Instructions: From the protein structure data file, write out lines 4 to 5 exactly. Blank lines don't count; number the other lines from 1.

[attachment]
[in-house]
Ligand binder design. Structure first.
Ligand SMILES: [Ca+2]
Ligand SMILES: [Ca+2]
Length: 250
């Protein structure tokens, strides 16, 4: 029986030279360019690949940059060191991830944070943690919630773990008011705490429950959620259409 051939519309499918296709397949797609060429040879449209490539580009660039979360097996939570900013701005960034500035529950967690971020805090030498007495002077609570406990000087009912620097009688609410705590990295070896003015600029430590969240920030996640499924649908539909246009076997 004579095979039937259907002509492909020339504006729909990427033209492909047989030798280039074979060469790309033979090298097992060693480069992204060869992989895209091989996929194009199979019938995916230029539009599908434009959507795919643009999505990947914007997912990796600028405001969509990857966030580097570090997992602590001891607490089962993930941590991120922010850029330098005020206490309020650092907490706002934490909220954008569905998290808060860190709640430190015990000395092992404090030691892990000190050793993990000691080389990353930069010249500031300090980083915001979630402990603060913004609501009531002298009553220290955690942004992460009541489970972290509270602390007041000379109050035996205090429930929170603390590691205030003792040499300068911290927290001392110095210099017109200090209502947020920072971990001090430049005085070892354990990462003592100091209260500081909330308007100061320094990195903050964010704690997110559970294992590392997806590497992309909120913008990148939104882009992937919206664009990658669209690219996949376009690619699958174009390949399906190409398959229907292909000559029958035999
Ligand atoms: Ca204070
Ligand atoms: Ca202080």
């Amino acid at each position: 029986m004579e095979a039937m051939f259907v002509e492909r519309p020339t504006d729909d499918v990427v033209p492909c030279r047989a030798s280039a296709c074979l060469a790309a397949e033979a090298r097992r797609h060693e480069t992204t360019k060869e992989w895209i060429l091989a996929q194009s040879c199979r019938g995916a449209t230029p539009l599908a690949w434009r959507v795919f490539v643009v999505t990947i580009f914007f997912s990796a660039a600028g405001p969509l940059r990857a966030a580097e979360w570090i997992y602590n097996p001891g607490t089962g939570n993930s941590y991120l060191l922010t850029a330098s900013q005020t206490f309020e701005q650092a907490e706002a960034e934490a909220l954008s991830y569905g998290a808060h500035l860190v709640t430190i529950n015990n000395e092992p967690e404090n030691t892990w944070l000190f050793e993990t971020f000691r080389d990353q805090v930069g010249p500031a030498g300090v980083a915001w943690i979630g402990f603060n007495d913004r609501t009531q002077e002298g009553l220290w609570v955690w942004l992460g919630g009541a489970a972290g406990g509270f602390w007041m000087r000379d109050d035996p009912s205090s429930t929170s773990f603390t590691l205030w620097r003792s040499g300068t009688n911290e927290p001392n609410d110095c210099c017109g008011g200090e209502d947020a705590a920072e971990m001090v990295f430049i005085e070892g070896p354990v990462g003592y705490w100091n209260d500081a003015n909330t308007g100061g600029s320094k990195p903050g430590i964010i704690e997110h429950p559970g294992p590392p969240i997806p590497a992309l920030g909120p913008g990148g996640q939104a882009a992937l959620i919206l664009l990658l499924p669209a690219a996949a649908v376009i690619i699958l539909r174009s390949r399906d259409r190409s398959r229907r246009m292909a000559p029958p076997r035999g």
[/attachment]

Ligand SMILES: [Ca+2]
Length: 250